Some lawyer looking for clients might come to believe that once county – taxpayer – money got spent (and more will be spent), it may have created standing and a cause of action for any of those taxpayers. Some cases that anyone interested might start with are Canton Farm Equipment, Inc. v. Richardson, 501 So.2d 1098 (Miss. 1987) and City of Picayune v. Southern Regional Corp., 916 So. 2d 510 (Miss. 2005). Something like that might give some of these folks a whole new perspective about their own back door. Getting clawed-back out while getting something else shoved up the back door sounds mighty unpleasant. And expensive.
Pro Insider tip: You know its gonna be a good fee generator when the bookkeeping staff becomes weepy worried about tax season deadlines.
The Department of the Treasury has concluded that some employers, insurers, and other providers of coverage need additional time to adapt and implement systems and gather, analyze, and report the information. Employers and coverage providers are encouraged to provide returns and statements as soon as they are able to do so.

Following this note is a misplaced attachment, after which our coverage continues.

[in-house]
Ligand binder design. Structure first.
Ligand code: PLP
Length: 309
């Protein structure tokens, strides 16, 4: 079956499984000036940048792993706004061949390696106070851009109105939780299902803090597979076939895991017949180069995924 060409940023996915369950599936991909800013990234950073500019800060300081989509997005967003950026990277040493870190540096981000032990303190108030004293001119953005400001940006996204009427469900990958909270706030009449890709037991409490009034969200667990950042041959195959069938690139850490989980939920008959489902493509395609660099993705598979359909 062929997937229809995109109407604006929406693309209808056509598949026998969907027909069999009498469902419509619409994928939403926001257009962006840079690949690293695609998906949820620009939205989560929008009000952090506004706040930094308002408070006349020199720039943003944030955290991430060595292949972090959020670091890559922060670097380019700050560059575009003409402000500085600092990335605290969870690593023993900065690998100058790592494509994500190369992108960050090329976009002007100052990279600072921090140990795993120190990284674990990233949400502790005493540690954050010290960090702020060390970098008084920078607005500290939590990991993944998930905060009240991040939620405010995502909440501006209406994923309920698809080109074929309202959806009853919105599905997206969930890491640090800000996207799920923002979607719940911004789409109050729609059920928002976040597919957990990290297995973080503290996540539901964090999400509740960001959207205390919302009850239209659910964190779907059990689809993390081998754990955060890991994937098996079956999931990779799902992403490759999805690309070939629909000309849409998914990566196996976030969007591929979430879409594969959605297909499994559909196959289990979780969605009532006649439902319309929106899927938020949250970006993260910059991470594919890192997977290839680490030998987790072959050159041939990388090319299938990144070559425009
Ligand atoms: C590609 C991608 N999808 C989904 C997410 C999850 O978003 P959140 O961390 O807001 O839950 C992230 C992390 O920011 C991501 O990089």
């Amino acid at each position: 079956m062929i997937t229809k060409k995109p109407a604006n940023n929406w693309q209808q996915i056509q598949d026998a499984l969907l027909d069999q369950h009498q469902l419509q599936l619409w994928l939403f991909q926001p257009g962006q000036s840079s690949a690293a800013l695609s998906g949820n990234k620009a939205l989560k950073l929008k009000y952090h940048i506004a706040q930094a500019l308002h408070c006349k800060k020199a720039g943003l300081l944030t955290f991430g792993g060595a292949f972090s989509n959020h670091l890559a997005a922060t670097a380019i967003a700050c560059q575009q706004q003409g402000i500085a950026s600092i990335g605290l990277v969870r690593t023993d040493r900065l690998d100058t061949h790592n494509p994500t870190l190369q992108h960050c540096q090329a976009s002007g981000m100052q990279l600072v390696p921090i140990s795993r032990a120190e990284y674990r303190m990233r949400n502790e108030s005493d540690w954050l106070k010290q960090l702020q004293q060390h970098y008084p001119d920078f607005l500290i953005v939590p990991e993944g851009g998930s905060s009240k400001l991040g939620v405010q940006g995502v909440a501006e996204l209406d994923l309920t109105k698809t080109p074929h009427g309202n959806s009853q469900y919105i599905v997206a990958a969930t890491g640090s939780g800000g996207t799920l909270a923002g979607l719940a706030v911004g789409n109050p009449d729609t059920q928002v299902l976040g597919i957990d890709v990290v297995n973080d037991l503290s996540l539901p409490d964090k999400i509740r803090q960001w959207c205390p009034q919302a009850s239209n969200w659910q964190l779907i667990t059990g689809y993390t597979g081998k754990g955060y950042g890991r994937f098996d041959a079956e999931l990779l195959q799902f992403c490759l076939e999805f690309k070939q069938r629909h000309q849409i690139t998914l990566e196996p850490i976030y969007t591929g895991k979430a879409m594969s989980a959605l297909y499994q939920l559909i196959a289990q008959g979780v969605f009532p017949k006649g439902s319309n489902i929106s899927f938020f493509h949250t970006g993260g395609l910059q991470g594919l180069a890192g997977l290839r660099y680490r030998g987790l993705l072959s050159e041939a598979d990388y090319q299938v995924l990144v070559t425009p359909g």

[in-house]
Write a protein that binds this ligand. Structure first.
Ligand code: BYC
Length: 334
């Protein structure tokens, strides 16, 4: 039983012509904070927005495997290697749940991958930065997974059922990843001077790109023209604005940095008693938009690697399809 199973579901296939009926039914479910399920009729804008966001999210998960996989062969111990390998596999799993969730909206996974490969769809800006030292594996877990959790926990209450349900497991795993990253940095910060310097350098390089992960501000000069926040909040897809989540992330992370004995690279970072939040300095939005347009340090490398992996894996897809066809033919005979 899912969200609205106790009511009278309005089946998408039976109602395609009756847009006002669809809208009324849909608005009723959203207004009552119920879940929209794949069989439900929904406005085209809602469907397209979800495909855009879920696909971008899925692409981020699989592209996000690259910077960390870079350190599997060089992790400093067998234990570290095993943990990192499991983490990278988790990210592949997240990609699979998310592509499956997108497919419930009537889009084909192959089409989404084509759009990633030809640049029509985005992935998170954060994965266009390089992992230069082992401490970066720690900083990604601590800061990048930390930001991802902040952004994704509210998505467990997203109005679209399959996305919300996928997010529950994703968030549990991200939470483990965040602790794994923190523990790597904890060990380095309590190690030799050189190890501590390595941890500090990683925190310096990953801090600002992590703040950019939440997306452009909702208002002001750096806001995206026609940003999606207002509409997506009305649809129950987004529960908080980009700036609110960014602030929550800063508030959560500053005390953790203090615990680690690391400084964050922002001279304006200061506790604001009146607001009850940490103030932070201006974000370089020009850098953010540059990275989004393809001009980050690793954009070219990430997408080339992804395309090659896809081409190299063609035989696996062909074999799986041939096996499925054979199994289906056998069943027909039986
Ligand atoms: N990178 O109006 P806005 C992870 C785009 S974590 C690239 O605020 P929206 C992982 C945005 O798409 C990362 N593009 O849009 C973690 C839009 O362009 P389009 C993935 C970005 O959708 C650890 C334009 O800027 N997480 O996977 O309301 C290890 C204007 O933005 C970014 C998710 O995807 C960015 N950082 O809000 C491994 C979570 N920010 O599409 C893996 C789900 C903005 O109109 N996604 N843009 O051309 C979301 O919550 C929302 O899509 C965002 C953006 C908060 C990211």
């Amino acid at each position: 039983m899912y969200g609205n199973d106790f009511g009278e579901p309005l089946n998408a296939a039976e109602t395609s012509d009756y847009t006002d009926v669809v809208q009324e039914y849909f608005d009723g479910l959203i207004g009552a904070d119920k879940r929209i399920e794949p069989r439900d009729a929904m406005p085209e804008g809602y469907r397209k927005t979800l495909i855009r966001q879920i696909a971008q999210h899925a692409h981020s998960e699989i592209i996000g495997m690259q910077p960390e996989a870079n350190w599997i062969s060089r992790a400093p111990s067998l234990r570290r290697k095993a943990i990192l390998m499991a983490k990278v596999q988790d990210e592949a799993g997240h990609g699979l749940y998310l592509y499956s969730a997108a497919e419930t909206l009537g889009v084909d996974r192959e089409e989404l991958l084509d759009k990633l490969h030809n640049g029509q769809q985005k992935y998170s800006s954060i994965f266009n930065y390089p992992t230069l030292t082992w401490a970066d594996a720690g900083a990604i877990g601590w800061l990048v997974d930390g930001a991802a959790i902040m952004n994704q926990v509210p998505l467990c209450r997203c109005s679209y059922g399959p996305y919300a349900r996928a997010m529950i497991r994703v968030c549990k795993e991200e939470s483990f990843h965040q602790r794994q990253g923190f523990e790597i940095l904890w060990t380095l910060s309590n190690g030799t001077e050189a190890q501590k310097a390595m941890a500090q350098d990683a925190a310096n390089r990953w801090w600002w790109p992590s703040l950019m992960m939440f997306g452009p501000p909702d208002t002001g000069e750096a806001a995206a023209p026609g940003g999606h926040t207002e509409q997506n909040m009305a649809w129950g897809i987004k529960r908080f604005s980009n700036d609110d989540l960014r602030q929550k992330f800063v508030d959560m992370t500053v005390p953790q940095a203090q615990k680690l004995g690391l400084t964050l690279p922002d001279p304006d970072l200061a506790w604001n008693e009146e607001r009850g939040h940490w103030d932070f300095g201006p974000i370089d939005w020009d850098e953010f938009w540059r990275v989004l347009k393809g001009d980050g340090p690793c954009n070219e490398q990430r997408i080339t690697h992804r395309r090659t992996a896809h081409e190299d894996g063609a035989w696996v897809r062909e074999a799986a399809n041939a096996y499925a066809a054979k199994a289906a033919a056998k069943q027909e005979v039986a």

The only hiccup I see is in the implications of the extended 1095 deadlines on the deadline for 1040 filers in particular.
How about a couple of stories we’ve been following. First up it appears the light bulb has finally turned on in an area of Hizzoner’s brain that was once thought to have been completely and irreversibly damaged:
A bit over eight years ago Slabbed appeared in the local cyber scene as a blog dedicated to covering the wind-water insurance court battles when a nice lady from central Mississippi the world would later know as Nowdy and I met at the Cracker Barrel in Hattiesburg and made common cause to tell the coast’s story from a local point of view. In the time since we witnessed the Scruggs prosecution and it’s use as a hammer against people who had lost their homes to Hurricane Katrina. Nowdy would later describe the phenomenon as “JustUs” and it usually reared it ugly head in the Mississippi judicial system when massive amounts of money were at stake.